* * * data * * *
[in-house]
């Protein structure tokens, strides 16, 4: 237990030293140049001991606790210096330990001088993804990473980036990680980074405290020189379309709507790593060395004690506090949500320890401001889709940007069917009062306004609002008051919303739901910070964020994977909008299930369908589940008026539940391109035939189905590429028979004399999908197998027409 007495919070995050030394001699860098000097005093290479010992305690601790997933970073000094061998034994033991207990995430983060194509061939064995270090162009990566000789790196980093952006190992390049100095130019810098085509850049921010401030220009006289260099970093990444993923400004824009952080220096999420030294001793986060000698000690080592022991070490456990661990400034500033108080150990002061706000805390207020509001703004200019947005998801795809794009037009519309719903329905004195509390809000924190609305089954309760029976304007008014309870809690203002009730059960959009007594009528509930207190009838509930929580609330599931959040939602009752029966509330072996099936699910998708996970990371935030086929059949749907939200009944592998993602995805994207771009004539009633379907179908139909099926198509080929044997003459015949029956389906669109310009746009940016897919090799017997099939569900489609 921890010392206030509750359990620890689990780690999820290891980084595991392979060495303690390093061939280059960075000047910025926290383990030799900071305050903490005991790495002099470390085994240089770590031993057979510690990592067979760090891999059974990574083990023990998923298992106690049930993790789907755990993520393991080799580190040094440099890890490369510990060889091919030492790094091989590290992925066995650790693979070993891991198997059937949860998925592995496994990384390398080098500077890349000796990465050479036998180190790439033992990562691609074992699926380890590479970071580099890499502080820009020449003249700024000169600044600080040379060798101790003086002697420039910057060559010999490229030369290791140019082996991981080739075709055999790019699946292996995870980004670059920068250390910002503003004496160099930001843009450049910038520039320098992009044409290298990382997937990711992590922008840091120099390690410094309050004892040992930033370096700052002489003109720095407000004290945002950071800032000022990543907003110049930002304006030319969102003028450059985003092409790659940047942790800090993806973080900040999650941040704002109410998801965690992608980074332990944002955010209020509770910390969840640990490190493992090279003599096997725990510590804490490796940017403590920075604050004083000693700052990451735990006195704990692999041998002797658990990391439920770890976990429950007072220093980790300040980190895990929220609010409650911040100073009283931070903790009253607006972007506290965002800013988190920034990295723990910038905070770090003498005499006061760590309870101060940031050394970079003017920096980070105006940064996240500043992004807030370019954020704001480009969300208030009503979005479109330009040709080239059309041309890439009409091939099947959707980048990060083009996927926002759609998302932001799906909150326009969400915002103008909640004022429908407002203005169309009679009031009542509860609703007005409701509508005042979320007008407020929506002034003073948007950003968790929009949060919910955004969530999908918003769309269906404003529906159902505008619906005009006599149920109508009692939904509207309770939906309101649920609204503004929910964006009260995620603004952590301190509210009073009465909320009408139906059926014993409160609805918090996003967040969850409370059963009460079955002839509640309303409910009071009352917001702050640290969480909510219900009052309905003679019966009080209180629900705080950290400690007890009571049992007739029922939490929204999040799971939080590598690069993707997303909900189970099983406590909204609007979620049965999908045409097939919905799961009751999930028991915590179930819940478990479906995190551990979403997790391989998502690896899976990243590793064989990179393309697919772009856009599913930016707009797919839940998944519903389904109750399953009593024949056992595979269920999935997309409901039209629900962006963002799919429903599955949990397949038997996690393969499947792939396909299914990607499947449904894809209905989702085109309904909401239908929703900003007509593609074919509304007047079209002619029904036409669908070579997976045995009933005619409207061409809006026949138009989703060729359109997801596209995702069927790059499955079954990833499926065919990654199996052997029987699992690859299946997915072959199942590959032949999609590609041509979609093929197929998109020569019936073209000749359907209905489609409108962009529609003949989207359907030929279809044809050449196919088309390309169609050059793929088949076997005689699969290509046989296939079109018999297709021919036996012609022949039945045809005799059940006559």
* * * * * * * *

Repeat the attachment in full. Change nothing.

[in-house]
């Protein structure tokens, strides 16, 4: 237990030293140049001991606790210096330990001088993804990473980036990680980074405290020189379309709507790593060395004690506090949500320890401001889709940007069917009062306004609002008051919303739901910070964020994977909008299930369908589940008026539940391109035939189905590429028979004399999908197998027409 007495919070995050030394001699860098000097005093290479010992305690601790997933970073000094061998034994033991207990995430983060194509061939064995270090162009990566000789790196980093952006190992390049100095130019810098085509850049921010401030220009006289260099970093990444993923400004824009952080220096999420030294001793986060000698000690080592022991070490456990661990400034500033108080150990002061706000805390207020509001703004200019947005998801795809794009037009519309719903329905004195509390809000924190609305089954309760029976304007008014309870809690203002009730059960959009007594009528509930207190009838509930929580609330599931959040939602009752029966509330072996099936699910998708996970990371935030086929059949749907939200009944592998993602995805994207771009004539009633379907179908139909099926198509080929044997003459015949029956389906669109310009746009940016897919090799017997099939569900489609 921890010392206030509750359990620890689990780690999820290891980084595991392979060495303690390093061939280059960075000047910025926290383990030799900071305050903490005991790495002099470390085994240089770590031993057979510690990592067979760090891999059974990574083990023990998923298992106690049930993790789907755990993520393991080799580190040094440099890890490369510990060889091919030492790094091989590290992925066995650790693979070993891991198997059937949860998925592995496994990384390398080098500077890349000796990465050479036998180190790439033992990562691609074992699926380890590479970071580099890499502080820009020449003249700024000169600044600080040379060798101790003086002697420039910057060559010999490229030369290791140019082996991981080739075709055999790019699946292996995870980004670059920068250390910002503003004496160099930001843009450049910038520039320098992009044409290298990382997937990711992590922008840091120099390690410094309050004892040992930033370096700052002489003109720095407000004290945002950071800032000022990543907003110049930002304006030319969102003028450059985003092409790659940047942790800090993806973080900040999650941040704002109410998801965690992608980074332990944002955010209020509770910390969840640990490190493992090279003599096997725990510590804490490796940017403590920075604050004083000693700052990451735990006195704990692999041998002797658990990391439920770890976990429950007072220093980790300040980190895990929220609010409650911040100073009283931070903790009253607006972007506290965002800013988190920034990295723990910038905070770090003498005499006061760590309870101060940031050394970079003017920096980070105006940064996240500043992004807030370019954020704001480009969300208030009503979005479109330009040709080239059309041309890439009409091939099947959707980048990060083009996927926002759609998302932001799906909150326009969400915002103008909640004022429908407002203005169309009679009031009542509860609703007005409701509508005042979320007008407020929506002034003073948007950003968790929009949060919910955004969530999908918003769309269906404003529906159902505008619906005009006599149920109508009692939904509207309770939906309101649920609204503004929910964006009260995620603004952590301190509210009073009465909320009408139906059926014993409160609805918090996003967040969850409370059963009460079955002839509640309303409910009071009352917001702050640290969480909510219900009052309905003679019966009080209180629900705080950290400690007890009571049992007739029922939490929204999040799971939080590598690069993707997303909900189970099983406590909204609007979620049965999908045409097939919905799961009751999930028991915590179930819940478990479906995190551990979403997790391989998502690896899976990243590793064989990179393309697919772009856009599913930016707009797919839940998944519903389904109750399953009593024949056992595979269920999935997309409901039209629900962006963002799919429903599955949990397949038997996690393969499947792939396909299914990607499947449904894809209905989702085109309904909401239908929703900003007509593609074919509304007047079209002619029904036409669908070579997976045995009933005619409207061409809006026949138009989703060729359109997801596209995702069927790059499955079954990833499926065919990654199996052997029987699992690859299946997915072959199942590959032949999609590609041509979609093929197929998109020569019936073209000749359907209905489609409108962009529609003949989207359907030929279809044809050449196919088309390309169609050059793929088949076997005689699969290509046989296939079109018999297709021919036996012609022949039945045809005799059940006559």